The goal of logistics solutions is to optimize business processes in warehouses and distribution centers, to reduce costs, and to prepare the accruing data appropriately for further optimization. If this is no longer the case, or if this objective can no longer be met, the replacement of warehouse management systems, hardware or software packages in use is on the agenda.

There are many reasons for initiating this process. What they all have in common is that the need to do so is quite urgent before a replacement is considered. Common scenarios on the market are the following:

  • Missing functions that stand in the way of further growth or ongoing optimization
  • Lack of integration with the distribution center or connectivity to upstream and downstream systems
  • Changing or higher performance requirements that are no longer met by existing systems
  • The vendor does not continue to develop the system or the deployed solution is a discontinued or EOL product
  • For vendors with high staff turnover, the constant onboarding of the contact person or the resulting stalled processes can also be a reason for switching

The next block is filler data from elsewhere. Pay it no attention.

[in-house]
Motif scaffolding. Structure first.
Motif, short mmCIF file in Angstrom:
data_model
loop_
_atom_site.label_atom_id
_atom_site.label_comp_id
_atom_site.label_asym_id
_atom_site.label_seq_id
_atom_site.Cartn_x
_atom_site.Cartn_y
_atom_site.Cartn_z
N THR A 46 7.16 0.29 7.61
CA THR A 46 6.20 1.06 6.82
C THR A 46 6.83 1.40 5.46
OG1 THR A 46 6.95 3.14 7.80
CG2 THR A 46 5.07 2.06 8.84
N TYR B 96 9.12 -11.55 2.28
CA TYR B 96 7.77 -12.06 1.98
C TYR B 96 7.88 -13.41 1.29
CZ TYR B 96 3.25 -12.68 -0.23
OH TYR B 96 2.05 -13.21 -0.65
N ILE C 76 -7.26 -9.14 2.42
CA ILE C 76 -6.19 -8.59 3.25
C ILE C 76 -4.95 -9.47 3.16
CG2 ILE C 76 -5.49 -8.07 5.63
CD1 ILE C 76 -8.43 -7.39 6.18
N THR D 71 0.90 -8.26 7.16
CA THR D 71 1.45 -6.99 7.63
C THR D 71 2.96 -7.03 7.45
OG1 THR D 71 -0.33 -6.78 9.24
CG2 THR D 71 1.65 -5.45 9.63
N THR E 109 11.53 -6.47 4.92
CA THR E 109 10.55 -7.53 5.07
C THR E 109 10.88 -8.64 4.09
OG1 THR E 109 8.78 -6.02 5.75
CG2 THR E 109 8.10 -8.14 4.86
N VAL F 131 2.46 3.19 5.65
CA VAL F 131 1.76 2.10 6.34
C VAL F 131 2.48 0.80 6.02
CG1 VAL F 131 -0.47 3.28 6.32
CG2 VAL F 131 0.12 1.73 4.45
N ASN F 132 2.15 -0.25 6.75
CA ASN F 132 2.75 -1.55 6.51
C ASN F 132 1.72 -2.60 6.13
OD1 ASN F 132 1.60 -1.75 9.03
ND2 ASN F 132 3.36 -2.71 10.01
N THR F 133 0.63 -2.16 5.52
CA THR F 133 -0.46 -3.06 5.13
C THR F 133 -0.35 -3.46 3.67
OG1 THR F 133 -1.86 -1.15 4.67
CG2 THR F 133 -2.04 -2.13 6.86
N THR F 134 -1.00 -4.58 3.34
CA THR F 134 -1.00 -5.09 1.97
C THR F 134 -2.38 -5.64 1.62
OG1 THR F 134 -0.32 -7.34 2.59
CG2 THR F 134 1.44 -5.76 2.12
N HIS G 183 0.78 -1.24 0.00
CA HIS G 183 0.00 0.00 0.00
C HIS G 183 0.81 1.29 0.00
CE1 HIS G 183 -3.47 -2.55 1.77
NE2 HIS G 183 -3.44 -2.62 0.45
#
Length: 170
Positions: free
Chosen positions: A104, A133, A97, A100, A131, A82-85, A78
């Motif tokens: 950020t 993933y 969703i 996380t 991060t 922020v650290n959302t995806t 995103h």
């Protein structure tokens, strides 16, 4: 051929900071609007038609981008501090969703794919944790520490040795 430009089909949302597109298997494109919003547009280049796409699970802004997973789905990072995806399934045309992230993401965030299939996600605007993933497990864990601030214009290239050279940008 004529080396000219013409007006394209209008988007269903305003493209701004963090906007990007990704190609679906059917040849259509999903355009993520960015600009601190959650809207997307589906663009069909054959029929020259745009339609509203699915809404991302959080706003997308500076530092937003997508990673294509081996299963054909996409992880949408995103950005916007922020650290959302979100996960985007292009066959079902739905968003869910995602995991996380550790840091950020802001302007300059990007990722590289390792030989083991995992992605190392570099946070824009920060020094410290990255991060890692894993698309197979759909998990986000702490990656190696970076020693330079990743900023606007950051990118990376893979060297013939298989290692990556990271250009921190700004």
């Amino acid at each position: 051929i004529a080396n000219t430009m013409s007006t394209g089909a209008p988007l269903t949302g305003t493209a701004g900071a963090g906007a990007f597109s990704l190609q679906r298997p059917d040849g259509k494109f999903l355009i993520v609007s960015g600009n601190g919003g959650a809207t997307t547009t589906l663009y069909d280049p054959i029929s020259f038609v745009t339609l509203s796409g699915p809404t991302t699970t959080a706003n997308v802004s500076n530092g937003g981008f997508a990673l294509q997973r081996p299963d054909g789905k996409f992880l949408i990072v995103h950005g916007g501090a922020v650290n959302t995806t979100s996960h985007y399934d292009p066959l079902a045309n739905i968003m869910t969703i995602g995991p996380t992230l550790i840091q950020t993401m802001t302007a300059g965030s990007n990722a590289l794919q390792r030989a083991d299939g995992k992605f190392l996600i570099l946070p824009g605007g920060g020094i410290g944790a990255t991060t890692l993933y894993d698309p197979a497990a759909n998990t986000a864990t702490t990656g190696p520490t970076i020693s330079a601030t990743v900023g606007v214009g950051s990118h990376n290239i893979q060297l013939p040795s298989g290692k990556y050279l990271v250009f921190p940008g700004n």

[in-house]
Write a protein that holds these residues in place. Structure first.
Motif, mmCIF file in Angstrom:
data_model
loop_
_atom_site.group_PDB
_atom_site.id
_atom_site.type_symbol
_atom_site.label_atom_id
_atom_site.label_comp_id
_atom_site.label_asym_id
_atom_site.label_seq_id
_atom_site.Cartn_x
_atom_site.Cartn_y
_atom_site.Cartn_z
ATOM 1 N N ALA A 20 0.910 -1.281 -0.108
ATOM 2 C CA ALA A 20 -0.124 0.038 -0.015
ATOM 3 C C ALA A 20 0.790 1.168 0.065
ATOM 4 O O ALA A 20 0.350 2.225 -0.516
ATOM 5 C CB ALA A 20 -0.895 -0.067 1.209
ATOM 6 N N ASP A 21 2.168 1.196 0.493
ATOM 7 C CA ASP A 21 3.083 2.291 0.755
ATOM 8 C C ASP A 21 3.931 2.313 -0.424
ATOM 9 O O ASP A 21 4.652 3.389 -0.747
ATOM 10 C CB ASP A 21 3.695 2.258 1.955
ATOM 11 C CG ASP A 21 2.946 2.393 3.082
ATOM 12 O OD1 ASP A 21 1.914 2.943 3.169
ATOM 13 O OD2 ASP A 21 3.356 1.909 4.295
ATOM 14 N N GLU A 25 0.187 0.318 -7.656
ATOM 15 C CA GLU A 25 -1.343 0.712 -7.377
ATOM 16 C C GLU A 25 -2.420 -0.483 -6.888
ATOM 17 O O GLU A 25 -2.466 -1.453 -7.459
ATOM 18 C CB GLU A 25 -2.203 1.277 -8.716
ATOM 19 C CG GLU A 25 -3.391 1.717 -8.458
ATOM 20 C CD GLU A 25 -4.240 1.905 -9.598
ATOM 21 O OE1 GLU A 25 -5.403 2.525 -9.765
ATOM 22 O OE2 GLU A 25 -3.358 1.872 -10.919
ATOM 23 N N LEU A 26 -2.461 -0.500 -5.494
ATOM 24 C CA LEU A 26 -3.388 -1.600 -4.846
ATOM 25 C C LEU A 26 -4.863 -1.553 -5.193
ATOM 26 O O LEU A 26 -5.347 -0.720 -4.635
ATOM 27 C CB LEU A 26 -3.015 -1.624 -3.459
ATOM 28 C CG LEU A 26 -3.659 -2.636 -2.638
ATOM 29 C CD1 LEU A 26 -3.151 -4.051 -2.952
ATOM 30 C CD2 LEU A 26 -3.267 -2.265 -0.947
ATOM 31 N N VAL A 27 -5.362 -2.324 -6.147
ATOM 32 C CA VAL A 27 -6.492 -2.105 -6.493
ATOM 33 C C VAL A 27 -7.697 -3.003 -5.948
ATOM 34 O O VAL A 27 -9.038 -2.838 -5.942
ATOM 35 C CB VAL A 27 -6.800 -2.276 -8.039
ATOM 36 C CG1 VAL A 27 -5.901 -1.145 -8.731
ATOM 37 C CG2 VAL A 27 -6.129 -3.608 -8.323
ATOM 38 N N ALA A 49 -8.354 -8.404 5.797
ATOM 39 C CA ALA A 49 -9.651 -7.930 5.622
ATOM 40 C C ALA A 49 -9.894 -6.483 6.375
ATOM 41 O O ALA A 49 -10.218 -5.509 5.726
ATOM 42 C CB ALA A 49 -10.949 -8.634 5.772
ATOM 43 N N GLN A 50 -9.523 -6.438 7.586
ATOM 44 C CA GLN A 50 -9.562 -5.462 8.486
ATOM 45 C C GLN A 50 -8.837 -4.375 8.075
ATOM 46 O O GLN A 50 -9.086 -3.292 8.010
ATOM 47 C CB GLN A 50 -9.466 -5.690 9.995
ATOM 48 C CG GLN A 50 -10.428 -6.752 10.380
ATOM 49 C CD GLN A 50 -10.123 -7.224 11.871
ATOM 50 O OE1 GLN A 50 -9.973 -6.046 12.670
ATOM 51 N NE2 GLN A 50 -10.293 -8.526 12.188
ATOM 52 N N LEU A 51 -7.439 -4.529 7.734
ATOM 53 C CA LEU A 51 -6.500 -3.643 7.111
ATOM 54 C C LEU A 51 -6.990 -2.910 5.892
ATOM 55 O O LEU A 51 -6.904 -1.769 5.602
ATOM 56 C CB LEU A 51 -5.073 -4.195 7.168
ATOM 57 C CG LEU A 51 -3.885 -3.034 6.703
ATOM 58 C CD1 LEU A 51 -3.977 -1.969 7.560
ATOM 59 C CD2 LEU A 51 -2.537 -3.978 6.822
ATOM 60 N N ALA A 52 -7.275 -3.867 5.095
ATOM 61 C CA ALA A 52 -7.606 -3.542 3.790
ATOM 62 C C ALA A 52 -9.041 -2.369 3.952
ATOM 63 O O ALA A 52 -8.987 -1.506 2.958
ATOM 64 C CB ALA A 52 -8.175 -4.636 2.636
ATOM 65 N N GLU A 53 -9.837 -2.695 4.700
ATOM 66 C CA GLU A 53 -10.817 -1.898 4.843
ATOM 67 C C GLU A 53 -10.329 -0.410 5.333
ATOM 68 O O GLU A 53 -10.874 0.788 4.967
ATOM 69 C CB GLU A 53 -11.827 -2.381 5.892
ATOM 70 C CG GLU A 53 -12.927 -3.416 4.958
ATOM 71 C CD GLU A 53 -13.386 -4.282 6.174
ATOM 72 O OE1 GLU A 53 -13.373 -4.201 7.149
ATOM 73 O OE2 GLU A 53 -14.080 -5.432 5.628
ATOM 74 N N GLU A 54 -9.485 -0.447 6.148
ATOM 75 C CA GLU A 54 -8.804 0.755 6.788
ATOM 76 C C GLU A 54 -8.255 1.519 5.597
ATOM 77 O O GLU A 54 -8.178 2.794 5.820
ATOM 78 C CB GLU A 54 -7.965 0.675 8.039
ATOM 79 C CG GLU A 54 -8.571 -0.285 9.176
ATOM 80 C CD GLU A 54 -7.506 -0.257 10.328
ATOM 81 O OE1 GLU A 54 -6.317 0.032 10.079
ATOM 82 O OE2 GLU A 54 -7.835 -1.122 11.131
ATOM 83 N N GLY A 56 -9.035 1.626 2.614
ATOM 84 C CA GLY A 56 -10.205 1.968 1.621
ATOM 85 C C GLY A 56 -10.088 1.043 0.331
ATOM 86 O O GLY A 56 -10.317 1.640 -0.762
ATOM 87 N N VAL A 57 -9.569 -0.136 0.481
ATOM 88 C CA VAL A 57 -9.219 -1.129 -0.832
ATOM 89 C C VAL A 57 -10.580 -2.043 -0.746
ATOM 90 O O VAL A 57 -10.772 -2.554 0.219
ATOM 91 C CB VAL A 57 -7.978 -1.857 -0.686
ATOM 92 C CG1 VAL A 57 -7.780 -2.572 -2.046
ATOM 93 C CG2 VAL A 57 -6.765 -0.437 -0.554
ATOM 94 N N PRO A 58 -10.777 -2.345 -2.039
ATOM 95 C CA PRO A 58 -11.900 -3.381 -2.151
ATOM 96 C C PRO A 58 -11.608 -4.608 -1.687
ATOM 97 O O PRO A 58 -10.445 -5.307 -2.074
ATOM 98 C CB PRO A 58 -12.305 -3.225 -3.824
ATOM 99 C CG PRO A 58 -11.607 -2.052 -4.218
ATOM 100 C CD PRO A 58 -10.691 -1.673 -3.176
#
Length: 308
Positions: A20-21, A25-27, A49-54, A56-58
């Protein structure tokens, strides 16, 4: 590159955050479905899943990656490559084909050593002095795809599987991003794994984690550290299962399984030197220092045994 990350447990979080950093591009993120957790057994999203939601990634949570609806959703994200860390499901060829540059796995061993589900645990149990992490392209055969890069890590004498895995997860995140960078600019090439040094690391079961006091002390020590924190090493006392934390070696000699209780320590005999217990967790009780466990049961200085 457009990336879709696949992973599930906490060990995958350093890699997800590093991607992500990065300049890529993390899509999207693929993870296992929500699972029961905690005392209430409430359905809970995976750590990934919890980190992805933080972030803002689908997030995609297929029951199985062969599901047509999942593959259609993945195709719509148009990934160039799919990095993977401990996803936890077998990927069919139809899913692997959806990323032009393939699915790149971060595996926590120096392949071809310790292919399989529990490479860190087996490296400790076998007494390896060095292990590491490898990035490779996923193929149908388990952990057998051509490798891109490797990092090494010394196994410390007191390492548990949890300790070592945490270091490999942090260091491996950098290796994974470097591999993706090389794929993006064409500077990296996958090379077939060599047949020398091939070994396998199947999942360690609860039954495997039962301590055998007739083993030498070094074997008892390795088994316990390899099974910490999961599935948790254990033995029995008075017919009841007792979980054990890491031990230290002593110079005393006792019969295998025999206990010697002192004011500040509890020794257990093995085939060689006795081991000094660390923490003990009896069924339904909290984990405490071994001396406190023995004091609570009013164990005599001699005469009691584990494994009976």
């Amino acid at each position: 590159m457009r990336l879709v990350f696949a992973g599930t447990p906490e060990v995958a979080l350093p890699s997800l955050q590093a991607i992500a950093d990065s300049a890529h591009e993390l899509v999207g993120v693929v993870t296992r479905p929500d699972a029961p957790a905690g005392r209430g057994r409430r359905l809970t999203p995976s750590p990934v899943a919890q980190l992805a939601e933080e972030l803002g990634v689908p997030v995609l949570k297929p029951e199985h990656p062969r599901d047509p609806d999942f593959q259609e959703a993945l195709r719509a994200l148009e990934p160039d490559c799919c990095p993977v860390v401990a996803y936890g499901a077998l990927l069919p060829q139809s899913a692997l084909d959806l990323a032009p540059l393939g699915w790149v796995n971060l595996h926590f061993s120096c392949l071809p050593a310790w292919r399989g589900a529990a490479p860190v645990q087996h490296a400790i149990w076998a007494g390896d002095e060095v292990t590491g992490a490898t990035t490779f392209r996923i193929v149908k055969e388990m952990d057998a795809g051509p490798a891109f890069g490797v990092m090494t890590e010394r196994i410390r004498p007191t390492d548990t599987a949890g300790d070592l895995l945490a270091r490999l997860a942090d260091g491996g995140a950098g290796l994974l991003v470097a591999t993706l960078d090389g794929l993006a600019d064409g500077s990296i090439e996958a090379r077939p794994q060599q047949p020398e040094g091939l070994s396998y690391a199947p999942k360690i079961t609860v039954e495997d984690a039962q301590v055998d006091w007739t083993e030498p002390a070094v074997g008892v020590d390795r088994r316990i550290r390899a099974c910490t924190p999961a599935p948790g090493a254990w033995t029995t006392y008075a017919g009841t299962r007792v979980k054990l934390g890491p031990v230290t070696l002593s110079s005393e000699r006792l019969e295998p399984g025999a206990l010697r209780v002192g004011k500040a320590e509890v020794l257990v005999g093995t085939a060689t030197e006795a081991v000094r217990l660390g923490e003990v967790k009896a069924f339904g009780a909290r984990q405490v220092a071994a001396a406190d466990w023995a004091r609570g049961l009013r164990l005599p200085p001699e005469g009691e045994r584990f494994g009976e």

The expectations and risk potential of replacement processes are high: On the one hand, a significant improvement must be achieved to justify the investment and the associated disruption to regular processes. On the other hand, unpredictable downtimes, possibly necessary rework as well as time and budget overruns can quickly tip the cost-benefit calculation.

The need for a replacement arises primarily where software is thought of as a product and thus follows the classic product life cycle.

Graphic of the Plan-Do-Check-Act-Model
Example of a product life cycle. Source: Arkrshna, ProductEndOfLifeCycle, CC BY-SA 3.0

However, if the software is understood not as a product but as a service that supports business processes, things look different: A recurring, risky replacement process is made obsolete by this approach.

Solution-oriented value creation via continuous integration

The first thing to do is to escape the old cycle. The key is to replace a big step from solution A to solution B, as usually happens during a replacement, with many small steps. Instead of a big bang, the existing software must be adapted gradually. However, this also requires parting with intransparent software monoliths – especially in business areas where the potential for innovation and change is high.

However, moderation and common sense are always paramount. Packaged software remains a valuable part of enterprise portfolios. After all, non-business critical systems or those that have no impact on the business model are perfectly suitable for product solutions. In addition, many companies have already made large investments in financial and other modules within their ERP solution. It would be wasteful to convert these to continuous integration, especially if the business is not focused on financial services. The same is true for a variety of HR packages and email clients.